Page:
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  1. Reverberating the Glas: Towards a Deconstructive Account of Particularity in Hegel's Logic of the Concept.Jakub Mácha - forthcoming - Hegel Bulletin:1-28.
    Understanding Hegel's account of particularity has proven to be anything but straightforward. Two main accounts of particularity have been advanced: the particular as an example or instance and the particular as a subjective perspective on a universal concept. The problem with these accounts is that they reduce particularity either to singularity or to universality. As Derrida's analyses make apparent, the ‘structure of exemplarity’ in Hegel is quite intricate. Hegel uses ‘example’ in three senses: it means ‘instance’, ‘illustration’, or ‘model’, ‘exemplary (...)
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  2. The Authority of Conceptual Analysis in Hegelian Ethical Life.W. Clark Wolf - 2020 - In Jiri Chotas & Tereza Matějčková (eds.), An Ethical Modernity? Hegel’s Concept of Ethical Life Today. Leiden: Brill. pp. 15-35.
    While the idea of philosophy as conceptual analysis has attracted many adherents and undergone a number of variations, in general it suffers from an authority problem with two dimensions. First, it is unclear why the analysis of a concept should have objective authority: why explicating what we mean should express how things are. Second, conceptual analysis seems to lack intersubjective authority: why philosophical analysis should apply to more than a parochial group of individuals. I argue that Hegel’s conception of social (...)
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  3. Particularity as Paradigm: A Wittgensteinian Reading of Hegel’s Subjective Logic.Jakub Mácha - 2019 - In Jakub Mácha & Alexander Berg (eds.), Wittgenstein and Hegel: Reevaluation of Difference. Berlín, Německo: pp. 379-400.
    I provide a distinctively Wittgensteinian interpretation of Hegel’s Subjective Logic, including the parts on the concept, the judgement and the syllogism. I argue that Wittgenstein implicitly recognised the moments of universality, particularity and individuality; moreover, he was sensitive to Hegel’s crucial distinction between abstract and concrete universals. More specifically, for Wittgenstein the moment of particularity has the status of a paradigmatic sample which mediates between a universal concept and its individual instances. Thus, a concrete universal is a universal that includes (...)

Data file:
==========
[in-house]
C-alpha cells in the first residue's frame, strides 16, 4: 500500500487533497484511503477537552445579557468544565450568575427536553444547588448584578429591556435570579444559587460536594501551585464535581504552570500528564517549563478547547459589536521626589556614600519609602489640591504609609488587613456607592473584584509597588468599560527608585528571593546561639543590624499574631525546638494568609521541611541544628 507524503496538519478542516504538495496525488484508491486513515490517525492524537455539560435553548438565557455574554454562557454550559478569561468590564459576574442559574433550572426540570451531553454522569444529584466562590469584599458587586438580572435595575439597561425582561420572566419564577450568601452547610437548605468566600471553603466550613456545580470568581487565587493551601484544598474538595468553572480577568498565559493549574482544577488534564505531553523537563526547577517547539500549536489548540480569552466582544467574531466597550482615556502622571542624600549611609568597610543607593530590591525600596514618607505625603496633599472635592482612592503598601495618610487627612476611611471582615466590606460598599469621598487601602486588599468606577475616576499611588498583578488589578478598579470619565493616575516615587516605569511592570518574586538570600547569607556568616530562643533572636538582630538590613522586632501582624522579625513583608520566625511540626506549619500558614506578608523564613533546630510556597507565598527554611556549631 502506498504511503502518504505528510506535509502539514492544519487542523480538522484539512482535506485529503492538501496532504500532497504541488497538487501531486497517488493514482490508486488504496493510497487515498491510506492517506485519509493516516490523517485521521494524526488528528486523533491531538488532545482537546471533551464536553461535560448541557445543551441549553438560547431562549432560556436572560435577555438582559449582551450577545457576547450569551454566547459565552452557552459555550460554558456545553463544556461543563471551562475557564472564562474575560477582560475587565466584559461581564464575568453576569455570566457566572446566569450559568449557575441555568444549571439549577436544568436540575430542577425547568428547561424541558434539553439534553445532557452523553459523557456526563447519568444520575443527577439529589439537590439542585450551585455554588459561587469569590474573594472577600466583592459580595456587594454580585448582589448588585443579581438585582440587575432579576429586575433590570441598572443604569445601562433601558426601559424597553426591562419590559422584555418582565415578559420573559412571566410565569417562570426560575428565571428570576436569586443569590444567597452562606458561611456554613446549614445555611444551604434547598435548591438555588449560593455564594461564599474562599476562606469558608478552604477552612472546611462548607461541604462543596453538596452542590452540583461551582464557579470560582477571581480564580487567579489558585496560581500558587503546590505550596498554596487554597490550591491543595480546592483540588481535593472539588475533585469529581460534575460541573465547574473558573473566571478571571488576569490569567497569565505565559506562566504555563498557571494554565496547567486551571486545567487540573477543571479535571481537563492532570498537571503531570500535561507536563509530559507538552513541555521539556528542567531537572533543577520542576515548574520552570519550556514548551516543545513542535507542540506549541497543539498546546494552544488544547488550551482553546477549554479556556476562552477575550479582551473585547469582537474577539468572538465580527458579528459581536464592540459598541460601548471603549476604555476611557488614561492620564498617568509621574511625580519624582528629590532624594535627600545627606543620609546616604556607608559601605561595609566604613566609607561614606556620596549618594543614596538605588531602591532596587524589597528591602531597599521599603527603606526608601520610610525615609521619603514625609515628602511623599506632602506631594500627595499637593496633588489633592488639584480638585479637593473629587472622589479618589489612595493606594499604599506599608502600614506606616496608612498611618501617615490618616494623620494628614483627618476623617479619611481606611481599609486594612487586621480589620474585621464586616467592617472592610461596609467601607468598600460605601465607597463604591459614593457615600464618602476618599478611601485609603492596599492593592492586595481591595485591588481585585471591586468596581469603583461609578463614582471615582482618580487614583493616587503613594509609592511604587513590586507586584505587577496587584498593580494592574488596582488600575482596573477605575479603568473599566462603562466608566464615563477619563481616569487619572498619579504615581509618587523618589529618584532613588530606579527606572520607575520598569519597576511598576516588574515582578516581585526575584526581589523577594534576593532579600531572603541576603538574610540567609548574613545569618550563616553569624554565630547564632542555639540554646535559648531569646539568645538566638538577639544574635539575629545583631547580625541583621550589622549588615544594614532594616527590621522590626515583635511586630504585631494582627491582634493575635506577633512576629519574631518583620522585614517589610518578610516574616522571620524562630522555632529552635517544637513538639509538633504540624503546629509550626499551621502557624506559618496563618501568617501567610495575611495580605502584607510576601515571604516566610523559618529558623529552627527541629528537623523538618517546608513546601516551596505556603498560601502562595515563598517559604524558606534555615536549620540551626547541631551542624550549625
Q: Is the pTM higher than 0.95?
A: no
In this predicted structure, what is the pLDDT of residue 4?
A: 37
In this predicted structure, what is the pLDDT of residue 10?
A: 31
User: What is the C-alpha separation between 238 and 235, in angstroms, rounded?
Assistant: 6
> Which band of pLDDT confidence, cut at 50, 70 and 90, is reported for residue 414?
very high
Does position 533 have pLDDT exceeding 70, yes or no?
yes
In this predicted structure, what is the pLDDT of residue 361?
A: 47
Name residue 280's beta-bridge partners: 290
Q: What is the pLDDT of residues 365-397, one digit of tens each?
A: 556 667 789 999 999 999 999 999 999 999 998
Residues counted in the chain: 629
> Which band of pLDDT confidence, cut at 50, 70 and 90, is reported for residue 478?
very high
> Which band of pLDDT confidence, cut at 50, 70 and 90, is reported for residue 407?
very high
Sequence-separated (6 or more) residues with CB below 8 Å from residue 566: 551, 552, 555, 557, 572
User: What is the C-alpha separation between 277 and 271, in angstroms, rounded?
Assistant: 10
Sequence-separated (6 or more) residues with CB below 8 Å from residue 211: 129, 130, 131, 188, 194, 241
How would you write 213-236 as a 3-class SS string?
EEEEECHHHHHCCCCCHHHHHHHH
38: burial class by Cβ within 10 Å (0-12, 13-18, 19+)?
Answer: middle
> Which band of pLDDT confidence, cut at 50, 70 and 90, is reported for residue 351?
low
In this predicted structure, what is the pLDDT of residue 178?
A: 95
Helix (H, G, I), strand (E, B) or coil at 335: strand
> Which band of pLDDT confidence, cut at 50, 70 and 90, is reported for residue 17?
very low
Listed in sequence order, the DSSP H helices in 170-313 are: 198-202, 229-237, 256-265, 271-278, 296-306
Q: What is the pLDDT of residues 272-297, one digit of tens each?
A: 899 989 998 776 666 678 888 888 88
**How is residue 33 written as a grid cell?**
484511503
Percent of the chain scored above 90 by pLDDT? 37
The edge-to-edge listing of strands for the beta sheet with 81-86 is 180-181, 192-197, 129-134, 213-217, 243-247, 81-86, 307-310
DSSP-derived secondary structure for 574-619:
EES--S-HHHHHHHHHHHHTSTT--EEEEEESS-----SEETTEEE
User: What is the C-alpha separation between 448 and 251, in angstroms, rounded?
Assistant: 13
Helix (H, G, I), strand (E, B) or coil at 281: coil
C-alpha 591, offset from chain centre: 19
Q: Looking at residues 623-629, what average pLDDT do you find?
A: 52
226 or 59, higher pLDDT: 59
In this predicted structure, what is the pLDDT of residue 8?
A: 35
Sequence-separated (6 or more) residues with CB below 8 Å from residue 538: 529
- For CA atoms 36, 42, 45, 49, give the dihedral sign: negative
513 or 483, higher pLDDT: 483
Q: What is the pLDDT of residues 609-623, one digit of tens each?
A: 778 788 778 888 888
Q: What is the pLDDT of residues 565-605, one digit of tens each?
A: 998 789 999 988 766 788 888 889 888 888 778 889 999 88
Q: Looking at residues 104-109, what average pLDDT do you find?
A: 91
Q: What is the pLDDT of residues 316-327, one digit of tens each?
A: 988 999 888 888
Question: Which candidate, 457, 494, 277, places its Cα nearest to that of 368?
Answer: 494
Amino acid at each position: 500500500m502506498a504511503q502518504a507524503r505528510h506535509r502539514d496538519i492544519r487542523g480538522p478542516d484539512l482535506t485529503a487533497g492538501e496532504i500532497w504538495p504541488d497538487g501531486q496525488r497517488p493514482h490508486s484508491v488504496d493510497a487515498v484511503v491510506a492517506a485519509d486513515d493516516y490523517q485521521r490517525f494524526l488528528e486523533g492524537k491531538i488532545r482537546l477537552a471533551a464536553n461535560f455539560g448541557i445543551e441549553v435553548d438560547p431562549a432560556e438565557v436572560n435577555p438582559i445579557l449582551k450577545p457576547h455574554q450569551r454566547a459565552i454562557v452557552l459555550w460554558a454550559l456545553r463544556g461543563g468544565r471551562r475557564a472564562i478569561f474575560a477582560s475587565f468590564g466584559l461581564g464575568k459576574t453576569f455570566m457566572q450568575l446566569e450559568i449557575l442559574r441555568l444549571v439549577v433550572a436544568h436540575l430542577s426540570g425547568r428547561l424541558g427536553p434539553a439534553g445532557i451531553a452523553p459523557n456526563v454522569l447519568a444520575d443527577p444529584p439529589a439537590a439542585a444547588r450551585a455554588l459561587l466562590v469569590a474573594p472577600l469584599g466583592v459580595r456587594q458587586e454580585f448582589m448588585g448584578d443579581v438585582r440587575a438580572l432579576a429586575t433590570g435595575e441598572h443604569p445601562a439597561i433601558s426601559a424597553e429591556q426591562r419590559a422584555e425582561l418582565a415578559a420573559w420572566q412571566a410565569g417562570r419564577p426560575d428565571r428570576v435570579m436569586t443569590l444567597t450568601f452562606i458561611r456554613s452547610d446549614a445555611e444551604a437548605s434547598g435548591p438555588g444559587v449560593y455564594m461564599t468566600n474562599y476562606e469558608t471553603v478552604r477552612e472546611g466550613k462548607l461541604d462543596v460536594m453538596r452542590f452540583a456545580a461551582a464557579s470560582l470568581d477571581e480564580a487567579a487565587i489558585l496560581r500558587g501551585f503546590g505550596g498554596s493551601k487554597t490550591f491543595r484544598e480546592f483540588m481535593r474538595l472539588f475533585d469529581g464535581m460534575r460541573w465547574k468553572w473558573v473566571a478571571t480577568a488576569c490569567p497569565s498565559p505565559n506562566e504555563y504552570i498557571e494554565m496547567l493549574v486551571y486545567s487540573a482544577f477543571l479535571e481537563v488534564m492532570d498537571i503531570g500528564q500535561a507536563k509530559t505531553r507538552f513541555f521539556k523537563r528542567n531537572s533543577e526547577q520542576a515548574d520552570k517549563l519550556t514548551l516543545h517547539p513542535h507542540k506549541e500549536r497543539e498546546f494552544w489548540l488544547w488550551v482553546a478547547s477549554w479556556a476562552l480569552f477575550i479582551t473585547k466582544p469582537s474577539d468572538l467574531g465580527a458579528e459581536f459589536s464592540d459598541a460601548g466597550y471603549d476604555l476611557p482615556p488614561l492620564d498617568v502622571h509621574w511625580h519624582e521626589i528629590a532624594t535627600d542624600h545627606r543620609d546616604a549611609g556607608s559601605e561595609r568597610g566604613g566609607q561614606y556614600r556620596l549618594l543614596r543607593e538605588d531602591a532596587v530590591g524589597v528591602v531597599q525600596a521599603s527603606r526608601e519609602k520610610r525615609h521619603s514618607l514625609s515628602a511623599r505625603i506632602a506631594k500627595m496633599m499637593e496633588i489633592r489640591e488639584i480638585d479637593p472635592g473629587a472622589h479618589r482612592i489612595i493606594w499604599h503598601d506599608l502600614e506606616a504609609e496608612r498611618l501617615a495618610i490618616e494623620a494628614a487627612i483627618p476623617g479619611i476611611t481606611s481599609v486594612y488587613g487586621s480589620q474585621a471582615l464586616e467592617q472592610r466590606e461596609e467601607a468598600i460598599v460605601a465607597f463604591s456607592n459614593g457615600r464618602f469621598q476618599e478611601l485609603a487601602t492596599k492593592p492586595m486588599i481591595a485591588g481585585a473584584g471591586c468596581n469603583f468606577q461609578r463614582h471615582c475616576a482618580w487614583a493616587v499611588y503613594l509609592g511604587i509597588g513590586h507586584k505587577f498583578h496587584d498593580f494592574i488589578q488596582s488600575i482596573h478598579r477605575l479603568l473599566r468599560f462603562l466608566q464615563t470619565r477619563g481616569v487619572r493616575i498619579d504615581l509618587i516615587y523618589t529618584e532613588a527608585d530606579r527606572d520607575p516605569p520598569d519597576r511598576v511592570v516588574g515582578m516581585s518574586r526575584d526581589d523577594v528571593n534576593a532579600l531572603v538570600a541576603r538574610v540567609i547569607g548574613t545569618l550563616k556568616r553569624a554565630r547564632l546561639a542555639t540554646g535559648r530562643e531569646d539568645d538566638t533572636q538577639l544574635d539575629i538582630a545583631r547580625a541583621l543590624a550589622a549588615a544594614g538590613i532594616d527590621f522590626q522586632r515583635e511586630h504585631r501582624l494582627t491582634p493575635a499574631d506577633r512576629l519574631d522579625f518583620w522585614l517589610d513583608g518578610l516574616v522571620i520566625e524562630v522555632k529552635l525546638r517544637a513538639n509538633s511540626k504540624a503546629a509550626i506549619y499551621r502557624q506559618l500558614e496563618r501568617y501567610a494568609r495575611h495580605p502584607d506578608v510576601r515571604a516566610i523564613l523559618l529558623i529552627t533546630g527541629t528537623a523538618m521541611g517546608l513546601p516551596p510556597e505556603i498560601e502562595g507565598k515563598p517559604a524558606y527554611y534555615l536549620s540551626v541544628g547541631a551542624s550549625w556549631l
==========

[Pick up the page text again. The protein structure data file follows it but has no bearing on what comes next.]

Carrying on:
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  4. The Myth of the Taken: Why Hegel Is Not a Conceptualist.W. Clark Wolf - 2019 - International Journal of Philosophical Studies 27 (3):399-421.
    ABSTRACTThe close connection often cited between Hegel and Wilfrid Sellars is not only said to lie in their common negative challenges to the ‘framework of givenness,’ but also in the positive less...
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  5. On Hegel's Critique of Kant's Subjectivism in the Transcendental Deduction.Dennis Schulting - 2017 - In Kant's Radical Subjectivism. Perspectives on the Transcendental Deduction. London: Palgrave. pp. 341-370.
    In this chapter, I expound Hegel’s critique of Kant, which he first and most elaborately presented in his early essay Faith and Knowledge (1802), by focusing on the criticism that Hegel levelled against Kant’s (supposedly) arbitrary subjectivism about the categories. This relates to the restriction thesis of Kant’s transcendental idealism: categorially governed empirical knowledge only applies to appearances, not to things in themselves, and so does not reach objective reality, according to Hegel. Hegel claims that this restriction of knowledge to (...)
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  6. Hegel on Scepticism in the Logic of Essence.Ioannis Trisokkas - 2017 - In Klaus Vieweg, Stella Synegianni, Georges Faraklas & Jannis Kozatsas (eds.), Hegel and Scepticism. De Gruyter. pp. 99-120.
    Early in the Logic of Essence, the second main part of Hegelian Logic, Hegel identifies a logical structure, seeming (Schein), with “the phenomenon of scepticism.” The present paper has two aims: first, to flesh this identification out by describing the argument that leads up to it; and, second, to argue that it is mistaken. I will proceed as follows. Section 1 deciphers the opening statement of the Logic of Essence, “the truth of being is essence,” by specifying the meaning of (...)
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  7. The Logic of the Border.Ioannis Trisokkas - 2014 - Russian Sociological Review 13 (4):18-41.
    In his Science of Logic Hegel purports to give an account of a dialectical logic that generates the totality of being’s fundamental structures. This totality does not exhaust the richness of being, but it exhausts the basis of this richness. Any phenomenon, whether cognitive, scientific, social or political, is based upon some or all of those structures. The paper presents and examines the logic of a structure which pervades each and every phenomenon: the border(die Grenze). It is analyzed as an (...)
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